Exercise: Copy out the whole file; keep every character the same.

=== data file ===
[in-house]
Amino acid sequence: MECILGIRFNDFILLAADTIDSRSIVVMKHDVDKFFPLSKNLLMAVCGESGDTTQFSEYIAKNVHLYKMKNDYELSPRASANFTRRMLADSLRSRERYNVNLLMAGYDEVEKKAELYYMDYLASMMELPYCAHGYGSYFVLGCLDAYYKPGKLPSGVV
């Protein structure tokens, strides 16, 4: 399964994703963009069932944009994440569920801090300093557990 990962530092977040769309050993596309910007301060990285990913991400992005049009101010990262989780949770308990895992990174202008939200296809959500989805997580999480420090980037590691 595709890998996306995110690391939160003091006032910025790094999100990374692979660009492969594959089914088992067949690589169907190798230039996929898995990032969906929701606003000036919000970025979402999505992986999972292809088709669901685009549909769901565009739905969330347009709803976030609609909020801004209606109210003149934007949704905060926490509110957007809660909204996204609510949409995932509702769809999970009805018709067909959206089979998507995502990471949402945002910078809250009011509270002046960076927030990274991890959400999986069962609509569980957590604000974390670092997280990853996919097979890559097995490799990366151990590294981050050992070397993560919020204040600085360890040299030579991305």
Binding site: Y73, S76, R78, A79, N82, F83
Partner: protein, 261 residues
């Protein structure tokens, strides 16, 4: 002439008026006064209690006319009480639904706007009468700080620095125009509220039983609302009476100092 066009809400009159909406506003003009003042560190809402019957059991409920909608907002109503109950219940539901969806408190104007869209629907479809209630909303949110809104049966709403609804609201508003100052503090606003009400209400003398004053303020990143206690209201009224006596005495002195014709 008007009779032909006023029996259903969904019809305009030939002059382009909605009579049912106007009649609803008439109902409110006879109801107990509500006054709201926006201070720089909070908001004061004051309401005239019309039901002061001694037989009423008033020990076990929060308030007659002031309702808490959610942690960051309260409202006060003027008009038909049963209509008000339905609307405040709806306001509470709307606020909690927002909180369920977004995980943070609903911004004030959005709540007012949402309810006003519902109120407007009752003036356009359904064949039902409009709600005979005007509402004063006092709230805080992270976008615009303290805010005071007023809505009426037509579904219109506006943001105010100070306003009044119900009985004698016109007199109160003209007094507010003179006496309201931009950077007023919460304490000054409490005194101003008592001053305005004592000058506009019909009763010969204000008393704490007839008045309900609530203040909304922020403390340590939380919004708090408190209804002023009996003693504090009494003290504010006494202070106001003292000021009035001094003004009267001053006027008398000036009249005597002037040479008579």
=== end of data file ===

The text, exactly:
[in-house]
Amino acid sequence: MECILGIRFNDFILLAADTIDSRSIVVMKHDVDKFFPLSKNLLMAVCGESGDTTQFSEYIAKNVHLYKMKNDYELSPRASANFTRRMLADSLRSRERYNVNLLMAGYDEVEKKAELYYMDYLASMMELPYCAHGYGSYFVLGCLDAYYKPGKLPSGVV
């Protein structure tokens, strides 16, 4: 399964994703963009069932944009994440569920801090300093557990 990962530092977040769309050993596309910007301060990285990913991400992005049009101010990262989780949770308990895992990174202008939200296809959500989805997580999480420090980037590691 595709890998996306995110690391939160003091006032910025790094999100990374692979660009492969594959089914088992067949690589169907190798230039996929898995990032969906929701606003000036919000970025979402999505992986999972292809088709669901685009549909769901565009739905969330347009709803976030609609909020801004209606109210003149934007949704905060926490509110957007809660909204996204609510949409995932509702769809999970009805018709067909959206089979998507995502990471949402945002910078809250009011509270002046960076927030990274991890959400999986069962609509569980957590604000974390670092997280990853996919097979890559097995490799990366151990590294981050050992070397993560919020204040600085360890040299030579991305």
Binding site: Y73, S76, R78, A79, N82, F83
Partner: protein, 261 residues
């Protein structure tokens, strides 16, 4: 002439008026006064209690006319009480639904706007009468700080620095125009509220039983609302009476100092 066009809400009159909406506003003009003042560190809402019957059991409920909608907002109503109950219940539901969806408190104007869209629907479809209630909303949110809104049966709403609804609201508003100052503090606003009400209400003398004053303020990143206690209201009224006596005495002195014709 008007009779032909006023029996259903969904019809305009030939002059382009909605009579049912106007009649609803008439109902409110006879109801107990509500006054709201926006201070720089909070908001004061004051309401005239019309039901002061001694037989009423008033020990076990929060308030007659002031309702808490959610942690960051309260409202006060003027008009038909049963209509008000339905609307405040709806306001509470709307606020909690927002909180369920977004995980943070609903911004004030959005709540007012949402309810006003519902109120407007009752003036356009359904064949039902409009709600005979005007509402004063006092709230805080992270976008615009303290805010005071007023809505009426037509579904219109506006943001105010100070306003009044119900009985004698016109007199109160003209007094507010003179006496309201931009950077007023919460304490000054409490005194101003008592001053305005004592000058506009019909009763010969204000008393704490007839008045309900609530203040909304922020403390340590939380919004708090408190209804002023009996003693504090009494003290504010006494202070106001003292000021009035001094003004009267001053006027008398000036009249005597002037040479008579």